Now that Community’s been canceled after its fifth season, I think it’s safe to say that season 4 will go down as the most controversial and disliked of the sitcom’s run. It certainly had a lot of strikes against it from the get-go: Creator Dan Harmon had been fired, the episode count was reduced to 13, the premiere was delayed until the spring, Starburns was gone, and several other veterans on the creative side left.
But was it, as Abed always feared, the darkest timeline? Was it Community without the soul, without the wit, and without the pop culture post-modernism that fans expected?
It’d be very easy to say that yes, it was a terrible season. But the truth is (as Jeff might begin speechifying) that it was an above-average season compared to most sitcoms and a substandard performance with gratifying exceptions compared to Community seasons 1-3. I held off writing this review until I finished watching season 4 for the second time and I’m glad I did. It’s not half-bad as a whole, although you won’t hear me complaining that Harmon came back for the final season either.
Following the class-season framework of the series, in season 4 the study group enrolls in a history class and goes on a journey to see where they all came from. This theme is perhaps only loosely explored, with a couple of episodes showing how the group’s actions in the past were regarded by the rest of the student body and how they may have all had connections far before enrolling at Greendale.
There are a couple of other changes as well. Troy and Britta begin dating, which gave us a doomed yet oddly likeable couple. Abed starts to realize that everything is coming to an end and must deal with that. Jeff tries his hardest to become “New Jeff” and overcome his selfish habits. And Chang… well, he’s back as “Kevin,” a guy with amnesia who has forgotten most everything including how horrible he’s been to Greendale in the past.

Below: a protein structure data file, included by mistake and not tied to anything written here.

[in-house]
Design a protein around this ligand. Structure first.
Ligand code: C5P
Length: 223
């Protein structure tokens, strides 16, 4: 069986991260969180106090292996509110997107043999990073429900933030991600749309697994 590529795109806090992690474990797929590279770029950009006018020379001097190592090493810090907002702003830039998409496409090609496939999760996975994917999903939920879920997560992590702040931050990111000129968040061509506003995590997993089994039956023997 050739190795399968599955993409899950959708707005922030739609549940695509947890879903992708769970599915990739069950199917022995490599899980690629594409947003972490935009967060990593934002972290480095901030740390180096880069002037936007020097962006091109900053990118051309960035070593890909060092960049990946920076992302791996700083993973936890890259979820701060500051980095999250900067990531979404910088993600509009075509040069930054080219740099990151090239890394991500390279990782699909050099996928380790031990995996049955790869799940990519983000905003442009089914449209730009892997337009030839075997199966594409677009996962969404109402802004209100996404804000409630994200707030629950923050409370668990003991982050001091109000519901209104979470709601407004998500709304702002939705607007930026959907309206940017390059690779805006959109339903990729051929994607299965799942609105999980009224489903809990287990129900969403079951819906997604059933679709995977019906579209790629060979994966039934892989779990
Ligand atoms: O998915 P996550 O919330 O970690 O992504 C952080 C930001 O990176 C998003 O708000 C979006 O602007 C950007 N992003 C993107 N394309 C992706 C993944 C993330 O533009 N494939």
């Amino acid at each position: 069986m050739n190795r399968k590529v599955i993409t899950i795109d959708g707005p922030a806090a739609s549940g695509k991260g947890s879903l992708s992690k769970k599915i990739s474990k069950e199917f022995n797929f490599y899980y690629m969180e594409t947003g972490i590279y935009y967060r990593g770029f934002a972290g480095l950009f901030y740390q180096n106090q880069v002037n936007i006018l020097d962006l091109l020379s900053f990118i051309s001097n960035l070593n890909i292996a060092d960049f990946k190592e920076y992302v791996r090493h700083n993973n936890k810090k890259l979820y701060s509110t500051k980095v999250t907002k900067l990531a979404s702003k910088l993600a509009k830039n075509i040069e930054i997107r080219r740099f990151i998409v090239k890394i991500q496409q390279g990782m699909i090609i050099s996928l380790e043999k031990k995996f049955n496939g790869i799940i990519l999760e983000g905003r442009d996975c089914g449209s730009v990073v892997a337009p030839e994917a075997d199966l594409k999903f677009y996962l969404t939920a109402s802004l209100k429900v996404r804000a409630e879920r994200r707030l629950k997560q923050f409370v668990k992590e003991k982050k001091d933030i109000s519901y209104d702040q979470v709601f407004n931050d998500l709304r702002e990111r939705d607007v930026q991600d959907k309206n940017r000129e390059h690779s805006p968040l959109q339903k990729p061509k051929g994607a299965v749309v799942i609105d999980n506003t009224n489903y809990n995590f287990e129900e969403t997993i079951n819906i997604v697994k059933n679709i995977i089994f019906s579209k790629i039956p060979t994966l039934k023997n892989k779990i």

Mostly, season 4 is a mish-mash of ideas that doesn’t really wreck the whole study group dynamic or the show’s format but doesn’t push it forward, either. There are probably proportionally more shows that take place outside of Greendale (such as Thanksgiving or an Inspector Spacetime convention) and fewer that just have fun with the whole college setting. I’m pretty partial to the puppet episode (with singing!) but I definitely agree with those that claim that the new showrunners weren’t secure enough in their roles to push things. That’s why we get a lot of callbacks to previous seasons, such as the return of the darkest timeline (which really should have been left alone after the end of season 3).
You can definitely feel the reduced episode count here. Whereas previous seasons took their time going through an entire year of the group at Greendale, season 4 is a vastly truncated experience that comes across as rushed and incomplete. The chosen group class, history, is only seen once, and that briefly. The fewer episodes and more out-of-college romps also means that the supporting cast of characters have limited cameos, which in turn reduce the sense of Greendale as an actual place.
I’ll admit that I felt affected by the final episode, seeing Jeff graduate Greendale and feel the passage of time as one does at the end of a real college degree. Fun time is over; real life beckons. With Chevy Chase’s departure at the end of season 4, the Greendale Seven would never quite be the same again, although there’s plenty to hope for that season 5 would go out on top with Harmon’s return. Speaking of Chase, I know that he was pretty disgruntled over the course his character had taken, but I actually like the Pierce of season 4 far more than the previous seasons. The way he stood up to Jeff at the dance made me actually respect him instead of wish for alligators to dine on his flesh.
I think that a lot of passionate fans’ hatred of season 4 will mellow out with time. It’s really not that bad and it is — against many odds — 13 more episodes of Community than some predicted. Plus, it gave us the Hunger Deans, a Freaky Friday remix, and a fun Scooby Doo homage.